— People at all income levels are guilty of not saving
enough for retirement, but it may not be entirely their
shocks — defined as an annual earnings drop of more
than 10 percent — are so common that 96 percent of
working Americans experience four or more of them by the
time they reach age 70, according to research by the
nonprofit National Endowment for Financial Education in
can do everything right, but life is going to
happen," said Bill Hensley, senior director of
education at the endowment. "You may lose your job
or you might have to take time off from work to care for
a loved one. Things will happen that are beyond your
National Endowment for Financial Education study,
conducted by researchers Teresa Ghilarducci and Anthony
Webb, found that almost no one is safe from periods of
lost income due to a health crisis, job loss or other
life transitions during their working years.
researchers linked data from the Survey of Income and
Program Participation — a statistical survey conducted
by the U.S. Census Bureau — with individual earnings
records from the Social Security Administration and the
Internal Revenue Service. Taken together, these data
provide an opportunity to investigate individual
differences in retirement savings while controlling for
differences in employment and earnings history, marital
status, health status and disability history.
and Webb looked at data from 2008 to 2012 with a
weighted sample size of 15.7 million people. They found
only a third of the people in the sample size were able
to participate in a workplace retirement plan, which
they argue could be a contributor to so many people not
having enough money saved for retirement.
savings research often looks for a single factor —
such as medical expenses — to explain why individuals
aren’t saving enough.
this report takes into account that income shocks such
as unemployment, divorce and other earnings changes
often cluster together; and the impacts vary in
magnitude depending on the person’s gender, race and
study made no recommendations or assumptions regarding
how much savings an individual should have at retirement
to their white peers, non-white workers have a greater
risk of not having enough retirement savings.
workers end up with $16,977 less than their white peers;
Asian workers fall short between $11,743 and $41,979;
and Hispanic non-white workers have between $8,280 and
$24,278 less than white workers at retirement.
say consumers shouldn’t automatically drop life
insurance policies after the kids are gone and the
retirement parties are over.
top income earners, the racial impact is more
significant. Non-white workers end up with a deficit
ranging from $19,000 to $54,000 compared to white
workers, the study found. The study did not offer any
rationale to explain the differences among top income
earners. The data available did not offer insight, said
the impact of life events depend heavily on the cushion
one has in wealth and income, the sample also was
divided into three income groups.
top 10 percent of people who were surveyed include
workers earning $80,000 or more. They were more likely
to be white and educated; more likely to work full-time
for a large company; and 45 percent of the top 10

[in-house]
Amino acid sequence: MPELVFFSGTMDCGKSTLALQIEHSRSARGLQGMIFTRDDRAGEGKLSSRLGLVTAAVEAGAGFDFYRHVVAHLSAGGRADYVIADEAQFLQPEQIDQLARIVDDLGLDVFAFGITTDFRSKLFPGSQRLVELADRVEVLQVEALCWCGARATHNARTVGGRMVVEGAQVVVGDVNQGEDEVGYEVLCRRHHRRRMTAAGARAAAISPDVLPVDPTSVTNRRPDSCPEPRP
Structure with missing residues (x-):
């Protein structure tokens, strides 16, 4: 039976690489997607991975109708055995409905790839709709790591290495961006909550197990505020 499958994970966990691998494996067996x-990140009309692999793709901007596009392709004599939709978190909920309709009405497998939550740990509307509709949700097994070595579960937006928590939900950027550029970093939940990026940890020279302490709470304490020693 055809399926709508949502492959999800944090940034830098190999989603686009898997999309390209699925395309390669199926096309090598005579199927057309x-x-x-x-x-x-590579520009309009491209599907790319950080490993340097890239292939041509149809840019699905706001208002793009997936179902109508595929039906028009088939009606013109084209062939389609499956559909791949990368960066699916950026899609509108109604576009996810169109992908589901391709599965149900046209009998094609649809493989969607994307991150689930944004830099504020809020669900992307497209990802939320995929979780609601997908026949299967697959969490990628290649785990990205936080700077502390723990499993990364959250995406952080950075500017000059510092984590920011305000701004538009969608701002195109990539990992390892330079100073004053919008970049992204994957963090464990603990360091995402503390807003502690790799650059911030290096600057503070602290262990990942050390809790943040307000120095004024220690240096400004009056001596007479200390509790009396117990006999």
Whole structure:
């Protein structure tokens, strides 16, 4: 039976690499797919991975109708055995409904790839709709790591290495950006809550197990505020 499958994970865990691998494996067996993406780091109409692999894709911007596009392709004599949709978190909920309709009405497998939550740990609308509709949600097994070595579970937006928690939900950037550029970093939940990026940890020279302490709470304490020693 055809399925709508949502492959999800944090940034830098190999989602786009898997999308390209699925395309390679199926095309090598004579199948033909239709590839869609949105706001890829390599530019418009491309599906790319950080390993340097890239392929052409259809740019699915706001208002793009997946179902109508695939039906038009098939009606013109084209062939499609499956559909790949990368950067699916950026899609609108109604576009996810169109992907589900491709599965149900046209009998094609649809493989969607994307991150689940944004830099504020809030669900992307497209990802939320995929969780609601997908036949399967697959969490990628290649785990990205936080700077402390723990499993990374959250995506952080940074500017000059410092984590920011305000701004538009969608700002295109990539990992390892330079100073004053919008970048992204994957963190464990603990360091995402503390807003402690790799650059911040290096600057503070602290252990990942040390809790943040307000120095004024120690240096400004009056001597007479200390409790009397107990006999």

percent had a defined contribution retirement plan.
middle 40 percent earning between $26,532 and $80,000
had three times the assets of the bottom group and 36
percent of them had a defined contribution retirement
7 percent of the bottom 50 percent — those earning
$26,531 or less — have defined contribution retirement
plans. The middle and bottom groups also are more likely
to be disabled, divorced, widowed, separated, have fewer
children and received government assistance.
this is important is it shows the need for better
understanding for financial education, financial
literacy and saving while you have the opportunity to
save, to offset the bumps in the road when things come
up that prohibit saving," Hensley said.
most negative impacts in a person’s working years come
from declines in health, including long-term illness and
a work-limiting disability.
a low- or middle-income worker cannot work, or when
income decreases significantly for any reason, often
they withdraw money from retirement savings accounts —
incurring large penalties — or they stop contributing
to their retirement savings entirely.
that will hurt later.
Americans are and will experience a diminished
retirement because their financial preparedness was
negatively impacted by an economic shock caused by
external factors such as downsizing, assets splitting in
divorce, illness-induced work gaps and even children
returning home, sometimes with grandchildren in tow,
seeking financial support," said Robert Fragasso,
chairman and CEO of Fragasso Financial Advisors in
don’t see that coming and are thus not prepared for
the financial hit that they will take as a result of
those occurrences," Fragasso said.
National Endowment for Financial Education research
shows that it’s not a matter of if some life event
will disrupt a worker’s earnings, but when and how
severe the effect of the income shock will be.
are a lot of factors that influence your ability to save
for retirement," Hensley said. "Knowing it’s
going to happen to 96 percent of us, I would recommend
people save — and save early — because there will be
a time saving for retirement will be more difficult, if